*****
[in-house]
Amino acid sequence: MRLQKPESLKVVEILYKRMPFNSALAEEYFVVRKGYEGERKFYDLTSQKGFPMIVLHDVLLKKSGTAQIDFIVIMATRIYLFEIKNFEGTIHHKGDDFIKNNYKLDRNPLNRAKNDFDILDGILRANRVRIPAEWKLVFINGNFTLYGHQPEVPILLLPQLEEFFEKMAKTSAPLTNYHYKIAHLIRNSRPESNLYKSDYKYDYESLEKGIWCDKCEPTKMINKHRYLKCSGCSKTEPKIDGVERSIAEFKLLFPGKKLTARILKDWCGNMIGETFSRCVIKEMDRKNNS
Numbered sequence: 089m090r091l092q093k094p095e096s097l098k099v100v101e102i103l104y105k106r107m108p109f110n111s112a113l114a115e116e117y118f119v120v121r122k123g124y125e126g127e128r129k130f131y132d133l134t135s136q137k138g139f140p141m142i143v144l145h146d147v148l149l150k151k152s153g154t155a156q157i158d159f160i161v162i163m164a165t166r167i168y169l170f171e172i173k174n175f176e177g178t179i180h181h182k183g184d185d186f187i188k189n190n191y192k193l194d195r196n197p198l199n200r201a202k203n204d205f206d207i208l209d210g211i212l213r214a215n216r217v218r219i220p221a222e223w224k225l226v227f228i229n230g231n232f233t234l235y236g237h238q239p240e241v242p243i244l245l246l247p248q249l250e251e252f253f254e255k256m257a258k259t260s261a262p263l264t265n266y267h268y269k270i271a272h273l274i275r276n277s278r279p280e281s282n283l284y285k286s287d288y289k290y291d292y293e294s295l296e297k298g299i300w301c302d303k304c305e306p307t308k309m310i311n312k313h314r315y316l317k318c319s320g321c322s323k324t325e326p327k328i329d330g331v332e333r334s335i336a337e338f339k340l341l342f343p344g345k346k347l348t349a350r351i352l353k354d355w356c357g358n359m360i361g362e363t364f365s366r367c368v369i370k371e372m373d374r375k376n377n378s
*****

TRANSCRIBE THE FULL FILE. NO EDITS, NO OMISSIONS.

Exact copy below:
[in-house]
Amino acid sequence: MRLQKPESLKVVEILYKRMPFNSALAEEYFVVRKGYEGERKFYDLTSQKGFPMIVLHDVLLKKSGTAQIDFIVIMATRIYLFEIKNFEGTIHHKGDDFIKNNYKLDRNPLNRAKNDFDILDGILRANRVRIPAEWKLVFINGNFTLYGHQPEVPILLLPQLEEFFEKMAKTSAPLTNYHYKIAHLIRNSRPESNLYKSDYKYDYESLEKGIWCDKCEPTKMINKHRYLKCSGCSKTEPKIDGVERSIAEFKLLFPGKKLTARILKDWCGNMIGETFSRCVIKEMDRKNNS
Numbered sequence: 089m090r091l092q093k094p095e096s097l098k099v100v101e102i103l104y105k106r107m108p109f110n111s112a113l114a115e116e117y118f119v120v121r122k123g124y125e126g127e128r129k130f131y132d133l134t135s136q137k138g139f140p141m142i143v144l145h146d147v148l149l150k151k152s153g154t155a156q157i158d159f160i161v162i163m164a165t166r167i168y169l170f171e172i173k174n175f176e177g178t179i180h181h182k183g184d185d186f187i188k189n190n191y192k193l194d195r196n197p198l199n200r201a202k203n204d205f206d207i208l209d210g211i212l213r214a215n216r217v218r219i220p221a222e223w224k225l226v227f228i229n230g231n232f233t234l235y236g237h238q239p240e241v242p243i244l245l246l247p248q249l250e251e252f253f254e255k256m257a258k259t260s261a262p263l264t265n266y267h268y269k270i271a272h273l274i275r276n277s278r279p280e281s282n283l284y285k286s287d288y289k290y291d292y293e294s295l296e297k298g299i300w301c302d303k304c305e306p307t308k309m310i311n312k313h314r315y316l317k318c319s320g321c322s323k324t325e326p327k328i329d330g331v332e333r334s335i336a337e338f339k340l341l342f343p344g345k346k347l348t349a350r351i352l353k354d355w356c357g358n359m360i361g362e363t364f365s366r367c368v369i370k371e372m373d374r375k376n377n378s